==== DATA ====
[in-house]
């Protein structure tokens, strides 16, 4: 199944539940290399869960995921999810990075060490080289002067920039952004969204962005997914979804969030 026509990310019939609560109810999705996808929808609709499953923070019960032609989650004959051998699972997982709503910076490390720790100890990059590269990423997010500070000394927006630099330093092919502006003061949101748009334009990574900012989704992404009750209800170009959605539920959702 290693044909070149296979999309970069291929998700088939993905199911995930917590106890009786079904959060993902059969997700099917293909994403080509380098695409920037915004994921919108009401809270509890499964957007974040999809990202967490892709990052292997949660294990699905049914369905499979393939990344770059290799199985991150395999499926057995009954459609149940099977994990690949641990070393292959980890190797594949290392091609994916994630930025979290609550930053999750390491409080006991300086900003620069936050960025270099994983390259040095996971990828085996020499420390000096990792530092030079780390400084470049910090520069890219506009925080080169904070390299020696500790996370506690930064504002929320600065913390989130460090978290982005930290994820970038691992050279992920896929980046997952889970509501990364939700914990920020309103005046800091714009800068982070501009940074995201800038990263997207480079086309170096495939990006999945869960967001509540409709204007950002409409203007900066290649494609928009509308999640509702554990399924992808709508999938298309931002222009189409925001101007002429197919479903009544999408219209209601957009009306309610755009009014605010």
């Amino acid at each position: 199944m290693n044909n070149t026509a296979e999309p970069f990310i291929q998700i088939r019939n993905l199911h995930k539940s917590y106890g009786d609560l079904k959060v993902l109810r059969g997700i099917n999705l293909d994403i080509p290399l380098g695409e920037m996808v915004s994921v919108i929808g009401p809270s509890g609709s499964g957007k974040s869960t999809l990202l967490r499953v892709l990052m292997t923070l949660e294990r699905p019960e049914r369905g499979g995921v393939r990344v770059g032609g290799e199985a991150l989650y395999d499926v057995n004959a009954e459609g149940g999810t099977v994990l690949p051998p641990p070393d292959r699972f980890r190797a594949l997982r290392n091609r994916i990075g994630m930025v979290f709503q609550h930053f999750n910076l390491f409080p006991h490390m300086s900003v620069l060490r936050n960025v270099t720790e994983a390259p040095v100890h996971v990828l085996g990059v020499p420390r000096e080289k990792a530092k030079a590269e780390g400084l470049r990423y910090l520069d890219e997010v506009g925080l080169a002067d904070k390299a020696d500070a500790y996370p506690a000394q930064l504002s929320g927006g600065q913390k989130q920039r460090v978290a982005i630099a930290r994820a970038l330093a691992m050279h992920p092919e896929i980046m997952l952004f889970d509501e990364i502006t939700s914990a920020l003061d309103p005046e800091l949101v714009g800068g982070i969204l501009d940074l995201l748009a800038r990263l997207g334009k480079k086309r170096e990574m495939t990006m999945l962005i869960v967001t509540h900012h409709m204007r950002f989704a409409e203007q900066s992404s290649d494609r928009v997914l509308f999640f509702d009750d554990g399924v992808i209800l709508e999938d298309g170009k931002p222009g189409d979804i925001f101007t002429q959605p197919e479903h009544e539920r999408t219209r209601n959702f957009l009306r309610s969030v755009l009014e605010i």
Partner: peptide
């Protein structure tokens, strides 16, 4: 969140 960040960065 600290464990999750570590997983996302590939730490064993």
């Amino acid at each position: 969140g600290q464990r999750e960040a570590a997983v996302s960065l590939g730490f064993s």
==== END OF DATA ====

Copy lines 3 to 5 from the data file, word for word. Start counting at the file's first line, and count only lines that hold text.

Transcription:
């Amino acid at each position: 199944m290693n044909n070149t026509a296979e999309p970069f990310i291929q998700i088939r019939n993905l199911h995930k539940s917590y106890g009786d609560l079904k959060v993902l109810r059969g997700i099917n999705l293909d994403i080509p290399l380098g695409e920037m996808v915004s994921v919108i929808g009401p809270s509890g609709s499964g957007k974040s869960t999809l990202l967490r499953v892709l990052m292997t923070l949660e294990r699905p019960e049914r369905g499979g995921v393939r990344v770059g032609g290799e199985a991150l989650y395999d499926v057995n004959a009954e459609g149940g999810t099977v994990l690949p051998p641990p070393d292959r699972f980890r190797a594949l997982r290392n091609r994916i990075g994630m930025v979290f709503q609550h930053f999750n910076l390491f409080p006991h490390m300086s900003v620069l060490r936050n960025v270099t720790e994983a390259p040095v100890h996971v990828l085996g990059v020499p420390r000096e080289k990792a530092k030079a590269e780390g400084l470049r990423y910090l520069d890219e997010v506009g925080l080169a002067d904070k390299a020696d500070a500790y996370p506690a000394q930064l504002s929320g927006g600065q913390k989130q920039r460090v978290a982005i630099a930290r994820a970038l330093a691992m050279h992920p092919e896929i980046m997952l952004f889970d509501e990364i502006t939700s914990a920020l003061d309103p005046e800091l949101v714009g800068g982070i969204l501009d940074l995201l748009a800038r990263l997207g334009k480079k086309r170096e990574m495939t990006m999945l962005i869960v967001t509540h900012h409709m204007r950002f989704a409409e203007q900066s992404s290649d494609r928009v997914l509308f999640f509702d009750d554990g399924v992808i209800l709508e999938d298309g170009k931002p222009g189409d979804i925001f101007t002429q959605p197919e479903h009544e539920r999408t219209r209601n959702f957009l009306r309610s969030v755009l009014e605010i």
Partner: peptide
């Protein structure tokens, strides 16, 4: 969140 960040960065 600290464990999750570590997983996302590939730490064993």